It is also arguable that neither the ex turpi causa doctrine nor the slayer rule should bar a dependant from receiving financial support because they would not be said to “profit” from that support. Dependant’s relief legislation is intended to be remedial.32 Section 58 of the Succession Law Reform Act states that the court may order dependant support “where the deceased has not made adequate provision for the proper support of the dependants”.33 The factors enumerated in section 62 of the SLRA do not consider the profits that the dependant should receive, but rather the dependant’s current and means and assets, their relationship with the deceased, and their contributions to the deceased’s career, welfare, and property.34 Hence, in a dependant support application, the court is not assessing whether the dependant is entitled to a profit, but whether the deceased is satisfying their legal and moral obligations to the dependant by providing adequate support in their will or through other beneficiary designations.

Application to Insurance Proceeds

It is arguable that, generally speaking, a beneficiary would be denied insurance proceeds if they caused the death of the deceased, based on both the slayer rule and the ex turpi causa doctrine.35 This ex turpi causa doctrine has already found common application in insurance law.36 The Supreme Court of Canada in Hall cited the origins of the ex turpi causa doctrine in the notion that one should not receive life insurance proceeds after murdering the deceased:

Few would quarrel with the proposition that a man who murders his wealthy aunt should not be allowed to receive the proceeds of her life insurance as beneficiary, or that two robbers who disagree over the division of the spoils would not be allowed to settle their dispute in a court of law. It was to deal with flagrant abuses like these that English courts developed the principle expressed in the maxim: ex turpi causa non oritur actio — no right of action arises from a base cause. [Emphasis added.]37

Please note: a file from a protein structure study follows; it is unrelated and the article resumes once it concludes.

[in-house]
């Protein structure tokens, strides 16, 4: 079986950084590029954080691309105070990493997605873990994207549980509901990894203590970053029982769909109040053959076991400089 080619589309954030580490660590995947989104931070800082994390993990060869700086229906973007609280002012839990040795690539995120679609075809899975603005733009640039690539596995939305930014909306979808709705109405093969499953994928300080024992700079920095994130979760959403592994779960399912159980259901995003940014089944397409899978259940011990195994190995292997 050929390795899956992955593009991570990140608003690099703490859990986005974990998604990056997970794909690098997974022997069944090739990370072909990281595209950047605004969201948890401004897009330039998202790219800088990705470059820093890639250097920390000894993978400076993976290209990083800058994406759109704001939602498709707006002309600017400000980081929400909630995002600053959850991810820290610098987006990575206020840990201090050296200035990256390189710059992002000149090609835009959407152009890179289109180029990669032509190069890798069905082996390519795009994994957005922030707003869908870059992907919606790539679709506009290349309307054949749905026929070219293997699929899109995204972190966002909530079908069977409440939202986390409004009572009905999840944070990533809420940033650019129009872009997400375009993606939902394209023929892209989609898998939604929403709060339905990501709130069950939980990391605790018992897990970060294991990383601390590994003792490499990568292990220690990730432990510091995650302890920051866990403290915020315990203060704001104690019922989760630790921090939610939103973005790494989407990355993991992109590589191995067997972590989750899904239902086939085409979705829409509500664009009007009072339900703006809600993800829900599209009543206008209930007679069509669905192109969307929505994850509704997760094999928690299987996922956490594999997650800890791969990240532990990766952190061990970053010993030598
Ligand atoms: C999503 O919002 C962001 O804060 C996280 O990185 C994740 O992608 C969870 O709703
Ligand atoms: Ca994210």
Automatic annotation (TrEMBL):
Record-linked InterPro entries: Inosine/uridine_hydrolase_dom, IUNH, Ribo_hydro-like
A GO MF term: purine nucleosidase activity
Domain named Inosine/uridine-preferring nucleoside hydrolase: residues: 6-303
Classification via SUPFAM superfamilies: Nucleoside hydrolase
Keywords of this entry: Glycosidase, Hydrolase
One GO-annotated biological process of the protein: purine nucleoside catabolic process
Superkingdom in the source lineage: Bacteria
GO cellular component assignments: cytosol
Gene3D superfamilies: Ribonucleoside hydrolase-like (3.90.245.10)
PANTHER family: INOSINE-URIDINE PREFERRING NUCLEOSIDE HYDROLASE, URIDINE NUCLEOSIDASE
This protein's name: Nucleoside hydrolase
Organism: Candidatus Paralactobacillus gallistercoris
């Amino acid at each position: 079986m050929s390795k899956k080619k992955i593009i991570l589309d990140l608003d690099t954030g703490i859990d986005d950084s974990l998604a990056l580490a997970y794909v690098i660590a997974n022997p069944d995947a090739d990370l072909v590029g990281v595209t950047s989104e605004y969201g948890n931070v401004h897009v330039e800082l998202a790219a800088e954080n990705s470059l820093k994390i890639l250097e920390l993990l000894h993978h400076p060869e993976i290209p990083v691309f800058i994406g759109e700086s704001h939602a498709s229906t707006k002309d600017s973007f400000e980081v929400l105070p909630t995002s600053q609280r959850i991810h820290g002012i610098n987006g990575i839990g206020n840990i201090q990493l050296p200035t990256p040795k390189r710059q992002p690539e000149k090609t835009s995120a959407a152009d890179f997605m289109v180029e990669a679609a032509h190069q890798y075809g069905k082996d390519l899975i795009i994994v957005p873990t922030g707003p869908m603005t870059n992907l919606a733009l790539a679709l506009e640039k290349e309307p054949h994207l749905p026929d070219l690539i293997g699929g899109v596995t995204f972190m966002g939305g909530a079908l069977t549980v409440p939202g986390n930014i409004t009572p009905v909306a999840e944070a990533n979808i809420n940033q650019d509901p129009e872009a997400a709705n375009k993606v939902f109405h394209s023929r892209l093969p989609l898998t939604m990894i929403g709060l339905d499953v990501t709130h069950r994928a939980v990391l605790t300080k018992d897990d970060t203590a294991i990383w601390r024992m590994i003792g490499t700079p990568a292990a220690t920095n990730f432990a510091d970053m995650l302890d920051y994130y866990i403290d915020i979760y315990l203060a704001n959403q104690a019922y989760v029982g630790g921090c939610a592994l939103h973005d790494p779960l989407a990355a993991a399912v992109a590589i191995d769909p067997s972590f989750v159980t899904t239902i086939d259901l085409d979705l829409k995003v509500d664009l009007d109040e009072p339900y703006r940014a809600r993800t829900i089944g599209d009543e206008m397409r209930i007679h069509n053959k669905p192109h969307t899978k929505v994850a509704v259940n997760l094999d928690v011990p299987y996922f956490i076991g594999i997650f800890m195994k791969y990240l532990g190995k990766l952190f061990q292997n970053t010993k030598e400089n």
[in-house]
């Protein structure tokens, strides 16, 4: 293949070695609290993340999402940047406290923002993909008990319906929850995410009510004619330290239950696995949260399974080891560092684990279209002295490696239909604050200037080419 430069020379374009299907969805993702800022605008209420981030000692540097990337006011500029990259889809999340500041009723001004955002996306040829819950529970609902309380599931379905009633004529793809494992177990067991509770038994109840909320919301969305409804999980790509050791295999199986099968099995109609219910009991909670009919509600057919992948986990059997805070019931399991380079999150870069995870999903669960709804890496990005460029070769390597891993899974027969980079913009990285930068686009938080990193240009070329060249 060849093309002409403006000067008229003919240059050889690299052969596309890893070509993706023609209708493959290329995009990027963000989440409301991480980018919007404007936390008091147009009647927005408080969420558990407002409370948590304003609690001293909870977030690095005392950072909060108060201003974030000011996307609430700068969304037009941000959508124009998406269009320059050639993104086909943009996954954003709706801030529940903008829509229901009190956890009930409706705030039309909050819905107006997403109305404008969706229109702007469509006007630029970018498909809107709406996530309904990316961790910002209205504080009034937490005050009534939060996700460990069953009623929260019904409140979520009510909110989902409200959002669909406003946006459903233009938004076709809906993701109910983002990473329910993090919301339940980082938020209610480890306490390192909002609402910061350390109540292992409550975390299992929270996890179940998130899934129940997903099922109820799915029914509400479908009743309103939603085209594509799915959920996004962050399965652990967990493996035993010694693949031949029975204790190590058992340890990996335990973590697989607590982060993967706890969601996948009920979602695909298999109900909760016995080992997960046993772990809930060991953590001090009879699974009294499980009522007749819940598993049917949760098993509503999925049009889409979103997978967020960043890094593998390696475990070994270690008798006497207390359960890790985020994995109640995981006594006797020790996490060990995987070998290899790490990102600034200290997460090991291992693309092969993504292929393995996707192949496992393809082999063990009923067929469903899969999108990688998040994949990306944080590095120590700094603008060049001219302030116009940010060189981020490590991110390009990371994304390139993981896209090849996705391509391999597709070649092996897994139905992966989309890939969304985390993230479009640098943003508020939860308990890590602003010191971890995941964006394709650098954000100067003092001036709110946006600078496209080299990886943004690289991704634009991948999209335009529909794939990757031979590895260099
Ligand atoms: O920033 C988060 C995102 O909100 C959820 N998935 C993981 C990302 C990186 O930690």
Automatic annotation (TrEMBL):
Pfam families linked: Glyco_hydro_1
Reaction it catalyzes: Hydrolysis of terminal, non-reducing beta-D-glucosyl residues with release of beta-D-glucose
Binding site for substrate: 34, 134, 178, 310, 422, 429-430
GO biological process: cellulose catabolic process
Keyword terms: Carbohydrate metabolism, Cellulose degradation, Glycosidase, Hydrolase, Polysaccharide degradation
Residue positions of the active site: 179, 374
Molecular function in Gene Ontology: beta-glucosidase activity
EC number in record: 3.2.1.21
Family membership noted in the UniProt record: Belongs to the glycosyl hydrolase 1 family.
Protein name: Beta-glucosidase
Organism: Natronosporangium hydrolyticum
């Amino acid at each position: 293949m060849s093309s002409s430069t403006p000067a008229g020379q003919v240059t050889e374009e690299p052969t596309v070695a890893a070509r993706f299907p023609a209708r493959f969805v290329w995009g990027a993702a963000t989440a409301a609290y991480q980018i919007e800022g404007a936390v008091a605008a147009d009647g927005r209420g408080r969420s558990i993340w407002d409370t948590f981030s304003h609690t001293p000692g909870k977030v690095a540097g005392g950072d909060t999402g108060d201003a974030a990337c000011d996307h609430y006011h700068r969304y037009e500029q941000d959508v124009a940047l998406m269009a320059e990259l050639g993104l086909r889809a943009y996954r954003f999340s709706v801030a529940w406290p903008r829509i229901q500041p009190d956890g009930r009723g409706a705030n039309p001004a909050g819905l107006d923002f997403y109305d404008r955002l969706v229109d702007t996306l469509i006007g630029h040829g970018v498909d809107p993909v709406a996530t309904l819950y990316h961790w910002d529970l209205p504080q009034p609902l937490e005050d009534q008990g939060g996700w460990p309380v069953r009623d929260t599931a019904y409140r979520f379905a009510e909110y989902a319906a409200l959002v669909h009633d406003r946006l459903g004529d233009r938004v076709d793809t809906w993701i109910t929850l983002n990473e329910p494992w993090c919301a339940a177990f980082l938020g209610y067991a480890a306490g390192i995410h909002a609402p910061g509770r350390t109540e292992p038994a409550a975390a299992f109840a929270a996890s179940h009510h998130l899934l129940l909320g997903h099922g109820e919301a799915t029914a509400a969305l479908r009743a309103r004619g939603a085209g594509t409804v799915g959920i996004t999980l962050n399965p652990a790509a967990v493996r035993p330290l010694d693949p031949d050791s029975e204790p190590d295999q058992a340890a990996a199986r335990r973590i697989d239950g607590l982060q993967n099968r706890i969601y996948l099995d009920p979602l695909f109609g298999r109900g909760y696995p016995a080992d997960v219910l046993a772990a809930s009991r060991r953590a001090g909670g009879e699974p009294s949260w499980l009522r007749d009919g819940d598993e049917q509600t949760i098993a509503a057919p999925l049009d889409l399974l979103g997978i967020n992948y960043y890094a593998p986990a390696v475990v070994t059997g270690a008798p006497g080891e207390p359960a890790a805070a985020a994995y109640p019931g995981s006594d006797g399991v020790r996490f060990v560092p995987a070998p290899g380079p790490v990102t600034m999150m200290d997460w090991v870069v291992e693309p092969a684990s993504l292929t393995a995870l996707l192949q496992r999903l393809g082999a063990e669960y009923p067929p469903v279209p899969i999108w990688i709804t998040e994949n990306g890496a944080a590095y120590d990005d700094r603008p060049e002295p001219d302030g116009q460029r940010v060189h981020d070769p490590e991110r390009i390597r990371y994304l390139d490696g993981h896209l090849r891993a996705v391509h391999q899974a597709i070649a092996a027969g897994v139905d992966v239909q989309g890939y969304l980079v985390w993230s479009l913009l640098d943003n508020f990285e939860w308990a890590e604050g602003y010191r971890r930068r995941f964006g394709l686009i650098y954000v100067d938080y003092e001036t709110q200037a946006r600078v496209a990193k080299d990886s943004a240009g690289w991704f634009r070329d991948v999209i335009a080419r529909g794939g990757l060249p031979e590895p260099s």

However, there are still important exceptions to this general exclusion from life insurance proceeds. As found by the Supreme Court of Canada in Oldfield, the fact that the insured died while committing a crime did not bar the innocent beneficiary from claiming the life insurance proceeds.38 And as noted in Dhingra, a beneficiary that murdered the deceased was not deprived of the insurance proceeds because they were found to be not criminally responsible.39

Where the beneficiary is found to be not morally responsible for the death, however, the powers under the Civil Remedies Act may still apply to retrieve proceeds from the beneficiary. Dhingra held that while the slayer rule did not prevent the beneficiary from receiving the life insurance proceeds, it was still open to the Attorney General to bring an application under section 3 of the CRA to seek the forfeiture of the proceeds.40 In that case, the court would have to determine “whether it would clearly not be in the interests of justice to forfeit the proceeds to the Crown”.41

Application to Intestate Succession

It is also important to briefly consider whether the dependant’s conduct could prevent them from receiving part of the estate through intestacy.42

It is possible that being contributorily negligent in causing the deceased’s death is not enough to disentitle the applicant from their rights under intestacy. In O’Meara v. Yule (“O’Meara”),43 the parties and their children were involved in a car accident that killed their infant daughter.44 The daughter’s estate received $168,000 from the insurance proceeds, and the father sought to claim half of those proceeds pursuant to his rights to intestacy, which the lower court granted.45 On appeal, the Alberta Court of Appeal recognized the authority for the proposition that a criminally responsible beneficiary is excluded from the gift. However, in O’Meara the father was only contributorily negligent for the death, and his apportionment of liability appeared to be insignificant.46 The Alberta Court of Appeal therefore dismissed the appeal.